• Toilet - Will you be keeping your existing toilet? If not, what make, model, and color?
    • Vanity/cabinet - Will the vanity be custom ordered or pre-built? What type of material, color, and stain? What door and drawer type? What type of accessories (knobs, pulls)? 
    • Counter tops - What type of material and finish? What type of edge detail? Would you like a back splash?
    • Sinks - How many sinks? What type of sink? What color and finish?
    • Flooring - What type of flooring materials? Would you like a tile, wood, or PVC baseboard?
These are the questions your designer/contractor is going to ask you when discussing your bathroom remodel. Look at your existing bathroom and write down what you do not like. Then look at pictures and decide on the type of bathroom you would like. Talk to your designer/contractor about your ideas. Be flexible and understand that they are professionals in their field and want to help you achieve your vision. They will explain what can and cannot be done and why. You can then, together, come up with a solution and plan for the bathroom remodel.

Blog post by Aja De Los Santos, GM & Head Designer at Investcove Properties 

Tuesday, May 7, 2013

Remodeling 101: Part 1 - Kitchens


A typical kitchen remodel takes 6-8 weeks, depending on complexity. This overview includes the most common elements of a kitchen remodel. It is important to review and understand these elements in advance before hiring a designer and/or contractor. This will help the professionals you work with create a design and project overview within your budget and time frame. 

  • What is your budget for this project?
    • I have worked with several clients who are reluctant to tell to me their budget. This is understandable as many contractors will bump their fees and estimates right up to the client's budget limit, however, most honest and reputable contractors/designers do not do this. It is important for me to understand a client's budget because it helps me shape the project within their parameters. I have had instances where we are able to complete the project for far less than the client expected as well as situations where the client's budget is completely unrealistic.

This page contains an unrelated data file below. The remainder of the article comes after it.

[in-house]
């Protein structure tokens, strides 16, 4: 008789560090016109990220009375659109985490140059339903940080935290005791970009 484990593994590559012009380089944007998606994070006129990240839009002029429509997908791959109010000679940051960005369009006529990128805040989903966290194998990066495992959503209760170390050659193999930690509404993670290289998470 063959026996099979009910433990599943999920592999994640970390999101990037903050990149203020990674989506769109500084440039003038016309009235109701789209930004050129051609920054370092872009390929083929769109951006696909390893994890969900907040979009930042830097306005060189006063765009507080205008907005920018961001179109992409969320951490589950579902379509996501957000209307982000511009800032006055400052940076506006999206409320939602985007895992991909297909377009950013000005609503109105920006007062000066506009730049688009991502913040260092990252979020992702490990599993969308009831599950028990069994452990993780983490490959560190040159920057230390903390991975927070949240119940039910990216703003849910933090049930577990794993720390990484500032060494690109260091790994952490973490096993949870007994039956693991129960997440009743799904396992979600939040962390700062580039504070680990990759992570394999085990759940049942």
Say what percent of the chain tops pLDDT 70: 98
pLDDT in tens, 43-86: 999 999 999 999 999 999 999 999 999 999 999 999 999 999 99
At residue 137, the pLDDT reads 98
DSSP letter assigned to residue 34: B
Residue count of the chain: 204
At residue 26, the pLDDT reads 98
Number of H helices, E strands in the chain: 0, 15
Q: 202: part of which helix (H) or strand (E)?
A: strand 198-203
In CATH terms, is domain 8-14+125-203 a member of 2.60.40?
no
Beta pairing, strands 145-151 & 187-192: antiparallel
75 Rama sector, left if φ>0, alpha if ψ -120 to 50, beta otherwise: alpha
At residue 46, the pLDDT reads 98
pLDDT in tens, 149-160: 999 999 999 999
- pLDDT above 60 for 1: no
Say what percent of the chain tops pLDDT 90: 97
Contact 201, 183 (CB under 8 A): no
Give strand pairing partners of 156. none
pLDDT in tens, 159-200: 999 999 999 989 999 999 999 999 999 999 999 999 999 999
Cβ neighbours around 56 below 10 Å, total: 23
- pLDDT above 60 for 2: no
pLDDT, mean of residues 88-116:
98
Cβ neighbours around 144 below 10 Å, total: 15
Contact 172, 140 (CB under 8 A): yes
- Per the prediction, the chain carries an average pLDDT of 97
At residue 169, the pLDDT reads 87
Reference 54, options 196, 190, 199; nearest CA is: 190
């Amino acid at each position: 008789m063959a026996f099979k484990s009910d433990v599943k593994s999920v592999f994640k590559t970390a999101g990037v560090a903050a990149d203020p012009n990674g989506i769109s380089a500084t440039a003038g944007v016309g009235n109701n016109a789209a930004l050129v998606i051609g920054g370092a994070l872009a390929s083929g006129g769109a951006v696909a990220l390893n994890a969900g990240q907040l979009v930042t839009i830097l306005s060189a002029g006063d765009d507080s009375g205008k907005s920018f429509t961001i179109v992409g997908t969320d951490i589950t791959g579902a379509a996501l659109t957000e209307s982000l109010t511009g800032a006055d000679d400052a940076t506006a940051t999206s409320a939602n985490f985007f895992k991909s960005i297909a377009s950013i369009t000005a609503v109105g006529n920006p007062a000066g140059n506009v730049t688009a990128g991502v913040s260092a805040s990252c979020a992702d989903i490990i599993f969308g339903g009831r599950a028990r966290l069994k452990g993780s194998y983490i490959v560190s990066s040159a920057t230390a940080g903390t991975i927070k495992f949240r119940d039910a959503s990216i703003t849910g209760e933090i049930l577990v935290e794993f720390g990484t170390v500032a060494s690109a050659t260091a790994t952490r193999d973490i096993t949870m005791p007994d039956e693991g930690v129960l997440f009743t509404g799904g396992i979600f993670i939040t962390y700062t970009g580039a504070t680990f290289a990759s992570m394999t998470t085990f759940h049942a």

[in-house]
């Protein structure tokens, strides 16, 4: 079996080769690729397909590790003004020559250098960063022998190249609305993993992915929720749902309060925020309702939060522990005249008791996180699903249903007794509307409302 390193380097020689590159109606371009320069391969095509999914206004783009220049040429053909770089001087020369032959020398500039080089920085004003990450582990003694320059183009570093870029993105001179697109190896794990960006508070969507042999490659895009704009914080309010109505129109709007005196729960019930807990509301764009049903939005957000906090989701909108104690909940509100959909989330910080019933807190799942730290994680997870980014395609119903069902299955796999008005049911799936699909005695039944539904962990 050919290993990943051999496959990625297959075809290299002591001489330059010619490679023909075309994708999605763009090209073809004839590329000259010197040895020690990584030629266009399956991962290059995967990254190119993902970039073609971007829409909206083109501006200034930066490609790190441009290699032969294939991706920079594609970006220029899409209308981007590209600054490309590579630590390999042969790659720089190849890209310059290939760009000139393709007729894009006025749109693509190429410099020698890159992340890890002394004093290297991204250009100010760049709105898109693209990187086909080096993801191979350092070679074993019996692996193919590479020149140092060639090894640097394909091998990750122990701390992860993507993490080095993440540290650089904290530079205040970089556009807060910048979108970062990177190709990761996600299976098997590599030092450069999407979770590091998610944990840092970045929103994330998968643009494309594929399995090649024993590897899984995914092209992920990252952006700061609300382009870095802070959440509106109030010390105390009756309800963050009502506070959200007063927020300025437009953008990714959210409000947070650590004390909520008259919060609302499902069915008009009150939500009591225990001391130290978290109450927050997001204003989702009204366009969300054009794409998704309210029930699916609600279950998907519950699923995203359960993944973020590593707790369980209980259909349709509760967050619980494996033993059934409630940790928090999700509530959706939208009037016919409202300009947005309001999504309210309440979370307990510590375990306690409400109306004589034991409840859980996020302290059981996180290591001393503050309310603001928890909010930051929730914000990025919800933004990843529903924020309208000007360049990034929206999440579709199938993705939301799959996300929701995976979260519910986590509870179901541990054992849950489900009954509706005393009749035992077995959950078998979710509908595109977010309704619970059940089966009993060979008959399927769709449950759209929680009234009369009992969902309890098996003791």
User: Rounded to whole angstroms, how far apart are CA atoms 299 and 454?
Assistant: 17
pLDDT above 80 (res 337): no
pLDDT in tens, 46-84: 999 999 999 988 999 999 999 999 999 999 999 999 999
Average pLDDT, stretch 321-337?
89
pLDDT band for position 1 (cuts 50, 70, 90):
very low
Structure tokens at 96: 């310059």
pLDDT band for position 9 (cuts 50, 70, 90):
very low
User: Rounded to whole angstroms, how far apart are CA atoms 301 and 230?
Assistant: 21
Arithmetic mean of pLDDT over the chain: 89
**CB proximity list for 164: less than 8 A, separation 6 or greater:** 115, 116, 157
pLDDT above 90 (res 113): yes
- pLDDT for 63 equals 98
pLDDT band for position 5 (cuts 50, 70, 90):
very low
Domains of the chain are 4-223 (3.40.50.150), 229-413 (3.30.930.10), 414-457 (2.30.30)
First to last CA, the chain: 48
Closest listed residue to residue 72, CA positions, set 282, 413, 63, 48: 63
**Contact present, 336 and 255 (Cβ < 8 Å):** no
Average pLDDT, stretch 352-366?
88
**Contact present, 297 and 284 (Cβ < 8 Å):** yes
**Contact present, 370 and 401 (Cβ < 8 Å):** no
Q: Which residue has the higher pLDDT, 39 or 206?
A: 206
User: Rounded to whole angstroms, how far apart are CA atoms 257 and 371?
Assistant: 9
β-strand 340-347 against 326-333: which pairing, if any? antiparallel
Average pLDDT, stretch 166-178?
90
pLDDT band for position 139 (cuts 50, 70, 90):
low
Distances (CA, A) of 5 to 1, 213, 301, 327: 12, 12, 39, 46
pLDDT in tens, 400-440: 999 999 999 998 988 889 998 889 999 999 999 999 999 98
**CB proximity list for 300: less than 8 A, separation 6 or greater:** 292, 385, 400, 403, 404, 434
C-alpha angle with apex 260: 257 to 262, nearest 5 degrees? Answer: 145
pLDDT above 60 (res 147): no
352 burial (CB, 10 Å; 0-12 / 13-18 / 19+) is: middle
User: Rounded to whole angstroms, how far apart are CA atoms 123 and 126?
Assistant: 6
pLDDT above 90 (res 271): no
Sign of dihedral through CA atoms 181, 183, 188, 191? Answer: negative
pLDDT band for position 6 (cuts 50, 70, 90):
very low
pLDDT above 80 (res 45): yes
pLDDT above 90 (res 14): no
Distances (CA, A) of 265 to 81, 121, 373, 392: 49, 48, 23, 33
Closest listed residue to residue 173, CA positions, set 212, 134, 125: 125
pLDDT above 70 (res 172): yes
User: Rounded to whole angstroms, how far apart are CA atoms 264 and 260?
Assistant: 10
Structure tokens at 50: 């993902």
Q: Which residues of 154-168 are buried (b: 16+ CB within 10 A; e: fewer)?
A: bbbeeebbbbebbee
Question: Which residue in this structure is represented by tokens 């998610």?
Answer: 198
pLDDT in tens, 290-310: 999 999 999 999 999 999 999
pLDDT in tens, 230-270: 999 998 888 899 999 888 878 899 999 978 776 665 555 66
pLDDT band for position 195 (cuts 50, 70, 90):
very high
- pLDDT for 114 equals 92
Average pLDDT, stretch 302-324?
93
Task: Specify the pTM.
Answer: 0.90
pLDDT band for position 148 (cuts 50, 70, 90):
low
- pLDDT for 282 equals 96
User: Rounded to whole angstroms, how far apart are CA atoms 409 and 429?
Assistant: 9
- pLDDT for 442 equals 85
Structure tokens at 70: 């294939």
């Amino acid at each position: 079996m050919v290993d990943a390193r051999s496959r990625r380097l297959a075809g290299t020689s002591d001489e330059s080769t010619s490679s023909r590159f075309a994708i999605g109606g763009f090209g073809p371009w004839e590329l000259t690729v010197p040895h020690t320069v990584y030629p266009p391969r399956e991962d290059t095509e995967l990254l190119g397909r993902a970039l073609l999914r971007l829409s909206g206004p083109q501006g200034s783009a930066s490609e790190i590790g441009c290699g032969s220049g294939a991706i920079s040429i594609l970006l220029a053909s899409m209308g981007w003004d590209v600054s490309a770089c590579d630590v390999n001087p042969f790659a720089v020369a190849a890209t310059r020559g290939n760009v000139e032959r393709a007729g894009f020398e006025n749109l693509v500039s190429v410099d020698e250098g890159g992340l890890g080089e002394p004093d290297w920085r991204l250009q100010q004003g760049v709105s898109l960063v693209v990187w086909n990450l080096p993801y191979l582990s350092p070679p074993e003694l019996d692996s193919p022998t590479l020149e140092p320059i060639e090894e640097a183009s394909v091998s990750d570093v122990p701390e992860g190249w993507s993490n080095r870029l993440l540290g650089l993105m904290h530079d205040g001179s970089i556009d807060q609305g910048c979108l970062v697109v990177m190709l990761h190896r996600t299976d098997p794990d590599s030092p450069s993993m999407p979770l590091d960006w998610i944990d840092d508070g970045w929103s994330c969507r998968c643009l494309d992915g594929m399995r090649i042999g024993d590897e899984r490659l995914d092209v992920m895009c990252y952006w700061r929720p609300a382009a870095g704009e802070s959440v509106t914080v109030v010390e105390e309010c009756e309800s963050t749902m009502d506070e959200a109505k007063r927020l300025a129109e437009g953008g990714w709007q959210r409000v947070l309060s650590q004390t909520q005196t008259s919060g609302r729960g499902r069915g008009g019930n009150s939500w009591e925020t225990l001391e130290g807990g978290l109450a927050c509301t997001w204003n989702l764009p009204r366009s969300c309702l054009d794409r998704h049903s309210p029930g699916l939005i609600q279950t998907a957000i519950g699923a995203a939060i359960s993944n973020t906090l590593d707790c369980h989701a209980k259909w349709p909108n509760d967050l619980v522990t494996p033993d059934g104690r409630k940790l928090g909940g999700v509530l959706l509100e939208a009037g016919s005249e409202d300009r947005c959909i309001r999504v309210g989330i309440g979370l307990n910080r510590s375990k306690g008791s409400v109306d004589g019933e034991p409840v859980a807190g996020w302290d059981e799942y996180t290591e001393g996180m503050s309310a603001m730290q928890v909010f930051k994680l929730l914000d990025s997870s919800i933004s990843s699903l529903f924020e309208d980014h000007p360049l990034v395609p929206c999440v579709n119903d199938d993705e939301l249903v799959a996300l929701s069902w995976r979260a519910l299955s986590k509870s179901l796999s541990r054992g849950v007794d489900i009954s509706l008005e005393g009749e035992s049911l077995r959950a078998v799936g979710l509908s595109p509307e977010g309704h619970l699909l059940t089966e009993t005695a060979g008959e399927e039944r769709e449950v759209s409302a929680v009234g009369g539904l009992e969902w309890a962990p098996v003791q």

• What is your goal for the remodel?
    • Are you looking to update, add space, or both? What is the ideal kitchen you envision yourself in? The contractor/designer wants to give you everything you want so it is important that you thoroughly understand what you would like to achieve with your project.
  • Technical aspects of the kitchen remodel include:
    • Current square footage and desired square footage.
    • Will your project require an engineer or architect?
    • Do you need any walls removed?
    • Does your project need permitted?
      • Your contractor/designer can help you with these technical aspects but having a general knowledge of what may come up in your initial conversation is very helpful to both parties.
  • Other elements of the kitchen remodel include electrical, lighting, walls, plumbing, windows, doors, cabinets, counter tops, sinks, flooring, and appliances.
    • Electrical - Will you need a service upgrade? Sub panel? How many outlets and switches are there and how many will have to be installed?
    • Lighting - What type of lighting do you want? Recessed lighting or mounted lighting?
    • Walls - Are there walls that need to be removed or moved?
    • Plumbing - Will the plumbing need to be upgraded or relocated?
    • Windows - Are there any windows that will need to be moved, removed, or installed? What type of moldings will be installed around these windows?
    • Doors - How many doors will need to be moved or installed? What type of doors? What type of moldings?
    • Cabinets - Would you like your current layout replaced or redesigned? What type of cabinets would you like? Custom? Semi-custom? What type of color and finish will the cabinets be? What type of drawers and doors? Will there be any custom built-ins?
    • Counter tops - What type of counter top material would you like? What color? What type of edge detail? Will there be a different type of back splash installed?
    • Sink - What type of sink? Under mount? What size sink? What type of faucet?
    • Flooring - Will flooring need to be removed? If so, what type of flooring would you like installed?